Coral reefs are one of the most diverse and beautiful natural environments on earth. The world’s first coral reefs occurred about 500 million years ago, and the first close relatives of modern corals developed in the southern Europe about 230 million years ago. Coral reefs are extraordinary living geological structures. They are highly diverse and productive, but grow best in oceanic waters with very low levels of nutrients. Coral reefs can form only in relatively clear, shallow, warm waters, where the water temperatures range between 18-33c.
Corals belong to the group of animals (Cnidarians) that also include anemones, jellyfish, bluebottles and hydroids. This group of animals is quite simple, with a nervous system but no brain. The basic structure shared by all corals is the coral polyp. This is the basic building block of a coral colony. The polyp is a small tube-like structure, with a central space opening via the mouth. The mouth of the polyp is surrounded by six (or a multiple of six) tentacles. A coral polyp resembles a small anemone. A coral colony is made up of thousands of tiny little animals. A coral reef is therefore made up of millions of these animals.
Other types of animals and plants also contribute to the structure of the reef. Many types of algae, seaweed, sponge. Sediment and even molluscs like giant clams and oysters add to the corals’ growth at different rates, depending on water temperature, salinity, turbulence and the availability of food. The massive corals are the slowest growing species, adding between 5 to 25 millimetres (.2 to 1 inch) per year to their length. Branching and staghorn corals can grow much faster, adding as much as 20 centimetres (8 inches) to their branches each year.
Most coral polyps have clear bodies and their skeletons are white, like human bones. Most corals get their colour from the zooxanthellae inside them. Several million zooxanthellae live in just one square inch of coral and produce pigments. These pigments are visible through the clear body of the polyp and give the coral its beautiful colour.
In hard corals the polyp sits in a small limestone cup (corallite) that secretes and protects the soft polyp tissue. The limestone cup is in fact made by coral polyps extracting calcium from seawater. When the polyp grows upwards, it is divides into two. Each new polyp secretes a new corallite. Thus as the coral grows upward and outwards, the coral tissue lifts itself up and lays down new skeleton, forming something similar to tree rings. In most coral species, the new polyps remain joined together as they grow and food can be moved between the polyps through the coral colony.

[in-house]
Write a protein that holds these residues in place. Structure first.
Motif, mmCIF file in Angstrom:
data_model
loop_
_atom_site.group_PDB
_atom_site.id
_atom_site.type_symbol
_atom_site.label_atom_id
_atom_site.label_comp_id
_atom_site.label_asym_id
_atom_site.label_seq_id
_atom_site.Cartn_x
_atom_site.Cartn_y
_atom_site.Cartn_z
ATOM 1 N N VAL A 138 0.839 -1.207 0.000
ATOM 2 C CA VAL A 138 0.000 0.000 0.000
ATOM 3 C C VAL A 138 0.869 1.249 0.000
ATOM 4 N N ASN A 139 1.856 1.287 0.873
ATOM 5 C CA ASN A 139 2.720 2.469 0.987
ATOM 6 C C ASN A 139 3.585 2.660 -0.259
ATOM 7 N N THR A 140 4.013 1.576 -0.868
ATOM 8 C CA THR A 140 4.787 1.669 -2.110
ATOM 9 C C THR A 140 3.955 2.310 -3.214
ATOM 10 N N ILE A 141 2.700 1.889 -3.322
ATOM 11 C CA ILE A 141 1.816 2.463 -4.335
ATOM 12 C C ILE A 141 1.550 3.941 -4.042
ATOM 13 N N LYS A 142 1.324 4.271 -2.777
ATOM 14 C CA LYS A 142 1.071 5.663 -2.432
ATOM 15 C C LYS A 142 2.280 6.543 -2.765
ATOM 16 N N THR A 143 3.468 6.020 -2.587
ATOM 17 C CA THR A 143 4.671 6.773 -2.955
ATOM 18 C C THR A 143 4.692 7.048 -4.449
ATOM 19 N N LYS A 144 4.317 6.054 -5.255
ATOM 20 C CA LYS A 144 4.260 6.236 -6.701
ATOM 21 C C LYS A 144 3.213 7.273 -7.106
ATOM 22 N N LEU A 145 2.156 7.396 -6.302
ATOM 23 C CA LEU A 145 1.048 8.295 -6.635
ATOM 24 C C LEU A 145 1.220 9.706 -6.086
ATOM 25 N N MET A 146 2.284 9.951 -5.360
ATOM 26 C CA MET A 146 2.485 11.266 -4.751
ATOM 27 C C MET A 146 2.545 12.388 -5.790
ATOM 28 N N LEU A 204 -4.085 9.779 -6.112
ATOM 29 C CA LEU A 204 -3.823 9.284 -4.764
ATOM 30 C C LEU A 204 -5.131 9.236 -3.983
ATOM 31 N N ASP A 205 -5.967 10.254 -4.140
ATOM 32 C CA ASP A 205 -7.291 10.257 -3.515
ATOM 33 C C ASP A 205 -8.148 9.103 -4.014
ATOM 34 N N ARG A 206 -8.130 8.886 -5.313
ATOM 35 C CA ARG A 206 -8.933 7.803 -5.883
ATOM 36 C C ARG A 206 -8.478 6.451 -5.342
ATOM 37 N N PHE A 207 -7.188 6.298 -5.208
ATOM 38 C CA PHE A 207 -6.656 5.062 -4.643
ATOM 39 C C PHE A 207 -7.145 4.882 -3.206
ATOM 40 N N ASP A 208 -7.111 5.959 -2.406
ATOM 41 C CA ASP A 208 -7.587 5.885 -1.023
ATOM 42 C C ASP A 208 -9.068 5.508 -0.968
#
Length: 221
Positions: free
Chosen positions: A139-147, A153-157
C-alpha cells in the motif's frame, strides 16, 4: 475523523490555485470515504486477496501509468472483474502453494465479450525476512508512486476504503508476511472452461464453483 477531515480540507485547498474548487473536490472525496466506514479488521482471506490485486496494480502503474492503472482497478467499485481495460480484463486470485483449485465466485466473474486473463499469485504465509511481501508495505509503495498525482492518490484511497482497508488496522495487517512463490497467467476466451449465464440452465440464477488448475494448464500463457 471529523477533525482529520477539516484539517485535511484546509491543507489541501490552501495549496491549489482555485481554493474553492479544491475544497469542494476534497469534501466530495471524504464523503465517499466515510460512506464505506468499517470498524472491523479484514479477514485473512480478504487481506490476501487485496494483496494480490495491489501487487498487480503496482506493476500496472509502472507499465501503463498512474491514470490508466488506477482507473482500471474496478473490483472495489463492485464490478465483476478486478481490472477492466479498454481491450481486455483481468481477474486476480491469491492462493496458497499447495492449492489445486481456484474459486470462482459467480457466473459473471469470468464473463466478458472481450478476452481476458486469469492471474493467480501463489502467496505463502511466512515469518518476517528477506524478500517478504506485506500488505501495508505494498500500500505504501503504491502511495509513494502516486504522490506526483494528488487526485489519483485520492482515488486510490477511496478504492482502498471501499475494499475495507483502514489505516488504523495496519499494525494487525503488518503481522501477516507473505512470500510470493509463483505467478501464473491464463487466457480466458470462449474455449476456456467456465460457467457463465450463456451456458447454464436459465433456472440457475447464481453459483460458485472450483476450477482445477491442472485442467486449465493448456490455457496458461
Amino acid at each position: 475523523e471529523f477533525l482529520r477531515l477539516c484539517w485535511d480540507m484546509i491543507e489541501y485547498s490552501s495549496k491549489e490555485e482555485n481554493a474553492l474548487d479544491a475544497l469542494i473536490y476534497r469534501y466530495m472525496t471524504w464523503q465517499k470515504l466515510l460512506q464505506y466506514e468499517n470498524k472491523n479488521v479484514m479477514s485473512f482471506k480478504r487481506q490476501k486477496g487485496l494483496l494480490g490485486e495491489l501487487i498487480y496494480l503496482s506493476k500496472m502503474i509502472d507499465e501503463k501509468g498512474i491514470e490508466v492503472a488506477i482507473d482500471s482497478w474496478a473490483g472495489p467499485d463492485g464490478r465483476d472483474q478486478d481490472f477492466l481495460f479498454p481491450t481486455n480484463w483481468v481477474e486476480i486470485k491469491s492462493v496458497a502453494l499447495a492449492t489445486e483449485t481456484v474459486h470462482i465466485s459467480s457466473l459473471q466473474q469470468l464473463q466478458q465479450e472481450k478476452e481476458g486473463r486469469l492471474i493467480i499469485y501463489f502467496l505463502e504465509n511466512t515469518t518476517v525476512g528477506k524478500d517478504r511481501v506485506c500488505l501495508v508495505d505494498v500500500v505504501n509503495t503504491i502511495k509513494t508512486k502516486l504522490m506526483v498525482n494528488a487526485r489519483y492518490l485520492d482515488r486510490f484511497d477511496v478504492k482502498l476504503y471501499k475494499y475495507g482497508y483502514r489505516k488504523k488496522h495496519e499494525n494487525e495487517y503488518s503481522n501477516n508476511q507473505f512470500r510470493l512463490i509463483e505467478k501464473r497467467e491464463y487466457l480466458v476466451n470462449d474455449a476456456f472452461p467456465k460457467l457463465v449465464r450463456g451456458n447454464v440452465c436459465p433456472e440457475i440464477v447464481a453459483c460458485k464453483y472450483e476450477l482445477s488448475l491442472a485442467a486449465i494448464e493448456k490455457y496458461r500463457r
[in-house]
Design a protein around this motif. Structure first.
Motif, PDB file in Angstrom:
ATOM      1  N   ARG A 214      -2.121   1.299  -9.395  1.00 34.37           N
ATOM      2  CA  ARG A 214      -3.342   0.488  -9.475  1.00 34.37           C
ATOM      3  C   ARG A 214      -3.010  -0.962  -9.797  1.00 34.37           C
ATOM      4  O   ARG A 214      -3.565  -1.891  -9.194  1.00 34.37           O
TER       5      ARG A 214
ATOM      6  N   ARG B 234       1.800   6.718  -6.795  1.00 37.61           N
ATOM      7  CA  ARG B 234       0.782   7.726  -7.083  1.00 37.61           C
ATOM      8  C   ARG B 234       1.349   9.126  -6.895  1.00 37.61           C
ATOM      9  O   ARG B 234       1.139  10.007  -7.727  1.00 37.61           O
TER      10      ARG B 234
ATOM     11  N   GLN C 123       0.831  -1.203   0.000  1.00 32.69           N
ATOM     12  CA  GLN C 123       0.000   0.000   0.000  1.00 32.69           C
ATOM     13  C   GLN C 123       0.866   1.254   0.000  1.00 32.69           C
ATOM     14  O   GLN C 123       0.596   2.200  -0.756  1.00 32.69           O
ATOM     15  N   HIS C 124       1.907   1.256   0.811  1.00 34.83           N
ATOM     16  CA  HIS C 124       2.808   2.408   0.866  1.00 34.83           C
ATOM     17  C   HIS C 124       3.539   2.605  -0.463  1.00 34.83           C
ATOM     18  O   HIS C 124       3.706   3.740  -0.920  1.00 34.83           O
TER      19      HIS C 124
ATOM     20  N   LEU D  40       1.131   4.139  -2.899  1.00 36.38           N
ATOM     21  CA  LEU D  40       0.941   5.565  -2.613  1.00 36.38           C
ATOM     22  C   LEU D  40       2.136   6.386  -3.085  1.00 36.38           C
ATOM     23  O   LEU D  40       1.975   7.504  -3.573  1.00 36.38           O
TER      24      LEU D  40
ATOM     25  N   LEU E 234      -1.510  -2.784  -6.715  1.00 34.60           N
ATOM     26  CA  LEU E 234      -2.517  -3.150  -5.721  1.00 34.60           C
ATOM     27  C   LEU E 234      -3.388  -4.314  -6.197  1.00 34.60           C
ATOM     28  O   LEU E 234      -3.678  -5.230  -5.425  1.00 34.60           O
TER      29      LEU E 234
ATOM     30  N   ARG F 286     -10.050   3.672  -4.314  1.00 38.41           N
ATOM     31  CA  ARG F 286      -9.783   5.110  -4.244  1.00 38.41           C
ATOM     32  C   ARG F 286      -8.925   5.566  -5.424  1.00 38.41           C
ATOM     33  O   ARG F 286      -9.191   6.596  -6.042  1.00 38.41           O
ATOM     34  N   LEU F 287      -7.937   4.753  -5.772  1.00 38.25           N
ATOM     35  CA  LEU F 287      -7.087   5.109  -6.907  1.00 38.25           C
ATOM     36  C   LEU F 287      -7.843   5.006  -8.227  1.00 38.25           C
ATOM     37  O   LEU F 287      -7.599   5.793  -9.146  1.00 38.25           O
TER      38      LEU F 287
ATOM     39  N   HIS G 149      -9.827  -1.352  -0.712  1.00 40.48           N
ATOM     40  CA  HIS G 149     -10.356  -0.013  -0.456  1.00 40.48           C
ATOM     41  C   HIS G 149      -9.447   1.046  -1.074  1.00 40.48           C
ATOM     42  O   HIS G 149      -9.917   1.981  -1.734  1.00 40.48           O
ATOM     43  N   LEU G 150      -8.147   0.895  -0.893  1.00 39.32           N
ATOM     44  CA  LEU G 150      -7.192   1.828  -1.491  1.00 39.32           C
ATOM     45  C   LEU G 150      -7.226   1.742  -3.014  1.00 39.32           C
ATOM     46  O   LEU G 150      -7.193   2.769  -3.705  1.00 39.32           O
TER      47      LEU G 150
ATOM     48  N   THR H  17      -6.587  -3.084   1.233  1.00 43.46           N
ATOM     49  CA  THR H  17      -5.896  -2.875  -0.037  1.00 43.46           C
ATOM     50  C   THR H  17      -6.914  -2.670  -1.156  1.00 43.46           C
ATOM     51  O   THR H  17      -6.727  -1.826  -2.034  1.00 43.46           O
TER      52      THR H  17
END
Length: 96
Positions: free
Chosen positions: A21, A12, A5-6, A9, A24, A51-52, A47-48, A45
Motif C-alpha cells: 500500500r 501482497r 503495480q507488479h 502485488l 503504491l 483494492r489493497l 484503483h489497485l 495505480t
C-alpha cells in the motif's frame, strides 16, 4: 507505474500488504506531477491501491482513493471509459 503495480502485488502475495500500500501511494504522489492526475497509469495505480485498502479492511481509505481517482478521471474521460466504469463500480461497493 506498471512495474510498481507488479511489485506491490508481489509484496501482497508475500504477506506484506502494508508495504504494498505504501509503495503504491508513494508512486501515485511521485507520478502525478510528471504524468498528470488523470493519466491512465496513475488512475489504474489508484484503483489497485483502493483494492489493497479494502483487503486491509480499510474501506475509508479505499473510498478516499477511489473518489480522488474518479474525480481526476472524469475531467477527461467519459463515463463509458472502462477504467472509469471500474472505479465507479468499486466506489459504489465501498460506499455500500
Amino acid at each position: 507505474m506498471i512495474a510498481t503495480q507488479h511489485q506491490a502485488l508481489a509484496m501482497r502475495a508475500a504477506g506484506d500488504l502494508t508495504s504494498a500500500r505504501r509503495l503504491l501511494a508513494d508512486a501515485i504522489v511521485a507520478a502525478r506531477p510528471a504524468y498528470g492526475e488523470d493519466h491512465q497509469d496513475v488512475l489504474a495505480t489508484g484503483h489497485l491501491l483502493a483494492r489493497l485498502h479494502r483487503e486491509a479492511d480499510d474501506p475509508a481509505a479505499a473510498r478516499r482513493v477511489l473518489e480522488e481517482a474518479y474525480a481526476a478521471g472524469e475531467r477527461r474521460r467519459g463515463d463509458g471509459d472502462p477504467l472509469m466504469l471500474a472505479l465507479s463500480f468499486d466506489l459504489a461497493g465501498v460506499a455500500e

Inside a coral polyps clear outer tissues live microscopic algae called zooxanthellae. This is called a symbiotic relationship, where both parties benefit from their partnership. The algae transform sunlight and use polyp’s waste to make sugars through photosynthesis. The coral helps itself to some of the sugars enabling it to grow and the algae gain protection from predators inside the coral polyp’s tissues. The sugars can provide up to 98% of the polyps dietary requirements. This is why corals are found in shallow waters, as they require sunlight to survive. The zooxanthellae give the corals their brilliant colours of pinks, greens, yellows and browns.
Corals reproduce in two ways: asexually and sexually. Some corals divide to form individuals. This is known as asexual reproduction. Sexual reproduction takes place as a mass-spawning event, where polyps release millions of eggs and sperm, all at the same time and on the same night. This timing is linked to moon cycles. Polyps are either male or female or both male and female. After the eggs and sperm are released, they float to the surface. The fertilised eggs that escape predation by other animals hatch into larvae and drift with the plankton and currents. The tiny per cent that survives settles on the reef and begins new coral colonies.
Perhaps the most sought after resource by resort goers. The Mamanucas boasts of coral reef systems that have grown to be resilient over the years, despite the many major impacts they receive from anthropogenic causes in the form of pollution, overfishing, destructive fishing practices, and natural causes in the form of cyclones, crown of thorns outbreak and high sea temperatures.
This is part 1 of 4 in the Coral Reefs series.